A completely constructed Control plate, for a Fender® Esquire®, the single pickup compatriot to the very first Telecaster® guitars - the control setup on the Esquire®, if you've never played one, is most likely, a complete mystery to most people - so before we get into the parts used here on this assembly, its probably worth covering what the Esquire® does (for better or worse)
Right - bare in mind here, that the guitar was designed at a time when the electric bass just didn't exist - with that firmly at the forefront of your thinking, this is going to make a lot more sense!
So, here goes - the controls run like this.
Position 1 - that we'd normally call "bridge" on a modern Tele® - with the Esquire® - we obviously cant come away from the bridge pickup, so here, we have a "tone bypass" mode - pickup goes through the volume pot, but cant see the tone pot/cap - its out of the circuit, and any adjustment is doing nothing. The guitar will sound brighter, and likely, more aggressive - nice to think of it as "lead" mode.
Position 2 - "middle" - this is what we'd think of, normally, as a Tele® bridge position - the tone pot is back in the circuit - so you've got volume and tone control. its... well... it sounds like any other Telecaster® at this point - nothing funny going on.
Position 3 - "neck"- this is where things get weird. This is a pre-set bass mode... the pickup is being shunted through a 3.3k resistor and 2 caps (wired in series, 0.047uf as standard) - (works out about 0.019uf) and anything that can pass through this high pass filter, is allowed to escape to ground - this results in a very dark, muffled tone.
Obviously, this is just out opinion - and you might find that "bass" position amazingly usable - but, nowadays, its not exactly the most amazing thing for us. You're losing so much signal through the circuit, that its very quiet compared to the other 2 options - and, realistically, it doesn't sound much like a bass guitar by modern standards.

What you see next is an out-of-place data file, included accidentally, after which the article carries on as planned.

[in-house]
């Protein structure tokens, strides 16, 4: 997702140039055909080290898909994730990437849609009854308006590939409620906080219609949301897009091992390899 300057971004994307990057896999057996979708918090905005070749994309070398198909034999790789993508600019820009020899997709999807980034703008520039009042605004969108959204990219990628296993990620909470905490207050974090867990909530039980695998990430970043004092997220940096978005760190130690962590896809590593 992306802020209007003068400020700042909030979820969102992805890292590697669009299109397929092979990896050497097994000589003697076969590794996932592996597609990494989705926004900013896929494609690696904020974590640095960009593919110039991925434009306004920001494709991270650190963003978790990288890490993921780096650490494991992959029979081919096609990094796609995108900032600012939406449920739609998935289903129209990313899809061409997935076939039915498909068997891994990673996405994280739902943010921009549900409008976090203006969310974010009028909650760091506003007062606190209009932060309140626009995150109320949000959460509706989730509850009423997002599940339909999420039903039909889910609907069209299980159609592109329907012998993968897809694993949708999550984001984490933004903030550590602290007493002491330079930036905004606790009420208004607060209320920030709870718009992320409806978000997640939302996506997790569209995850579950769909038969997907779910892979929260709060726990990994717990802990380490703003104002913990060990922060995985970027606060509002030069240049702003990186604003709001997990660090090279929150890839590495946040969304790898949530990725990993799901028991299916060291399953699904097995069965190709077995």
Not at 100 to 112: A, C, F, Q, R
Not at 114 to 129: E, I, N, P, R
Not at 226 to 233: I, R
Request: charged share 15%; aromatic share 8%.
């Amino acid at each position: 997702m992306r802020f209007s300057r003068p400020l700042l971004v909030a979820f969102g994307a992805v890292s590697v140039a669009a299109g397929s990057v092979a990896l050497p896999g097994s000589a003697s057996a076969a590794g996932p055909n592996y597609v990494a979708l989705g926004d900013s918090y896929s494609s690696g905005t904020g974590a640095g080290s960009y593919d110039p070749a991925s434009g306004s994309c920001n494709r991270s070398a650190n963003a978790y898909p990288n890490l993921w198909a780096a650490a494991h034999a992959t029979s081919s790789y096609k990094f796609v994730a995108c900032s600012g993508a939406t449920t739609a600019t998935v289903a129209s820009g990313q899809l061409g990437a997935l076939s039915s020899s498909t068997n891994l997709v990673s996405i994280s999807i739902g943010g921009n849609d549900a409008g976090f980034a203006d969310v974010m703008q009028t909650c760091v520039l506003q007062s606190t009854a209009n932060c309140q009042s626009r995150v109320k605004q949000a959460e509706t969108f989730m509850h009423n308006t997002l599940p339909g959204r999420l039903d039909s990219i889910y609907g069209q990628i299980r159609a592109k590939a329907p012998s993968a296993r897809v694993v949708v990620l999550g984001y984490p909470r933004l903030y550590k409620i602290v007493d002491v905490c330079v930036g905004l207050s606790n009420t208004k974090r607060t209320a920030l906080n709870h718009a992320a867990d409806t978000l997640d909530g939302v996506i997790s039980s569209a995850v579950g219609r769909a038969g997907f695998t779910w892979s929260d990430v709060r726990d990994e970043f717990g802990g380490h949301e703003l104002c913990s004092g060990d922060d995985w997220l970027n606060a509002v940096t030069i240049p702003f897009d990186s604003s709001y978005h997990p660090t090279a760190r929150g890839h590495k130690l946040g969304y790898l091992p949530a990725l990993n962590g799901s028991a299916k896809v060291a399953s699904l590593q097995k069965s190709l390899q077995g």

So, there we go - Esquire® controls in a nut shell. Its a bit "warts and all" - but thats how its always been done.
You can always tweak the cap values in the customisation menu above, if you want to do something a bit out of the ordinary though.
The Standard Parts
This particular model is specifically designed to be used with single coils; simply because it’d get pretty daunting pretty quickly if we let you tweak every single part.
Pots – we always use CTS pots where we can, they’re top quality, they’ve got an exceptionally long life span, they’re what’s been used on the Telecaster® since day one, and let’s be honest, that’s the tone we’re chasing with this assembly. 250k Audio taper as standard.
Switch - Oak Grigsby 3 way - but CRL 3 way is also an option - industry standards for "rock solid lever switch" as far as we're concerned.
Caps – Historically, the Esquire® comes with 3 x 0.047 wired in there, and a 3.3k resistor - we use Cornell dubillier orange drops - good solid capacitor - does what it says on the tin.
Wire – we use vintage correct 22 AWG black and white cloth covered waxed wire. A dream to work with and has no adverse effects on your tone.
Socket – That’ll be a Switchcraft standard Mono, best in the business if you ask us, dead simple to get your head around how it works, and just like CTS – will probably outlast every other part on a guitar.
Control plate – We're offering these, as standard with 2mm thick, 32mm wide control plates that'll fit most guitars nowadays - but you can also have 32.2mm (Fender® Japan size) and 34mm (old Squier® and G&L® size), and with a thinner version of all 3 variables, down at 1.6mm, to match single ply pickguards.
Knobs – Again, just like the control plates - theres options! As standard, its a dome topped affair - but we've also got the flat tops and position marker variants if thats more your thing.
Tip – Supplied with a barrel switch tip.
Fender®, Squier®, Tele® and Esquire® are registered trademarks of Fender Musical Instruments Corporation and Axesrus ® has no affiliation with FMIC
Please note – these assemblies are made to order, and as
such, come under the rules and regulations pertaining to custom work in regards of returns.